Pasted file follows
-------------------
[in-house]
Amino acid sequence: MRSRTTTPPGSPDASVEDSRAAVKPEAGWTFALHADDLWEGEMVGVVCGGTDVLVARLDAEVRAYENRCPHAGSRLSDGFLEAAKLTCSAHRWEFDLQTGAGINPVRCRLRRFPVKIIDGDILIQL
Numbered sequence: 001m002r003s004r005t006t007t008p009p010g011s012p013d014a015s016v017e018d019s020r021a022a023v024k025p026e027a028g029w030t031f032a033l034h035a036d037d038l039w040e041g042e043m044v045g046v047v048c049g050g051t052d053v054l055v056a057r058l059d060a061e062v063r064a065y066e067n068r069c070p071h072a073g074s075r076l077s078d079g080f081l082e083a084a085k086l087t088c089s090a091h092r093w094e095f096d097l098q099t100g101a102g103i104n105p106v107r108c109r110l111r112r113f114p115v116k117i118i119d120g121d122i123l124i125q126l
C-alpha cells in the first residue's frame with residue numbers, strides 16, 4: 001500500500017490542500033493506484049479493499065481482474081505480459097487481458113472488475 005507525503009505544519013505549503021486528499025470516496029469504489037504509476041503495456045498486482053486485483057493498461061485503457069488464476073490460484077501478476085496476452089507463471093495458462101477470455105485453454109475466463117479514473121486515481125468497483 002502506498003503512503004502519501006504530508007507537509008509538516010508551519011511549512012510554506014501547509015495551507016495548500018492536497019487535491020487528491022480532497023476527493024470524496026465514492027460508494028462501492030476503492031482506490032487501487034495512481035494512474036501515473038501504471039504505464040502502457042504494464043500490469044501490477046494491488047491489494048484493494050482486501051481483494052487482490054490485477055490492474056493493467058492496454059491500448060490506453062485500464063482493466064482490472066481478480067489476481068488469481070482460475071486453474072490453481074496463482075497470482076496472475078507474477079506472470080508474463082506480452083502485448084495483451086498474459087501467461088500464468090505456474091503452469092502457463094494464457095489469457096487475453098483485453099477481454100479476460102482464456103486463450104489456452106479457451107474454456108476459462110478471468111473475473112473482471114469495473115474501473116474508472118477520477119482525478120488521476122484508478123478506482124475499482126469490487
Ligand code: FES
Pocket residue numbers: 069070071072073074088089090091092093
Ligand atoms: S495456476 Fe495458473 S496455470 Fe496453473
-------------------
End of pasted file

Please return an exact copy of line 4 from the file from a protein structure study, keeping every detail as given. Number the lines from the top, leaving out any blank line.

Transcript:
C-alpha cells in the first residue's frame with residue numbers, strides 16, 4: 001500500500017490542500033493506484049479493499065481482474081505480459097487481458113472488475 005507525503009505544519013505549503021486528499025470516496029469504489037504509476041503495456045498486482053486485483057493498461061485503457069488464476073490460484077501478476085496476452089507463471093495458462101477470455105485453454109475466463117479514473121486515481125468497483 002502506498003503512503004502519501006504530508007507537509008509538516010508551519011511549512012510554506014501547509015495551507016495548500018492536497019487535491020487528491022480532497023476527493024470524496026465514492027460508494028462501492030476503492031482506490032487501487034495512481035494512474036501515473038501504471039504505464040502502457042504494464043500490469044501490477046494491488047491489494048484493494050482486501051481483494052487482490054490485477055490492474056493493467058492496454059491500448060490506453062485500464063482493466064482490472066481478480067489476481068488469481070482460475071486453474072490453481074496463482075497470482076496472475078507474477079506472470080508474463082506480452083502485448084495483451086498474459087501467461088500464468090505456474091503452469092502457463094494464457095489469457096487475453098483485453099477481454100479476460102482464456103486463450104489456452106479457451107474454456108476459462110478471468111473475473112473482471114469495473115474501473116474508472118477520477119482525478120488521476122484508478123478506482124475499482126469490487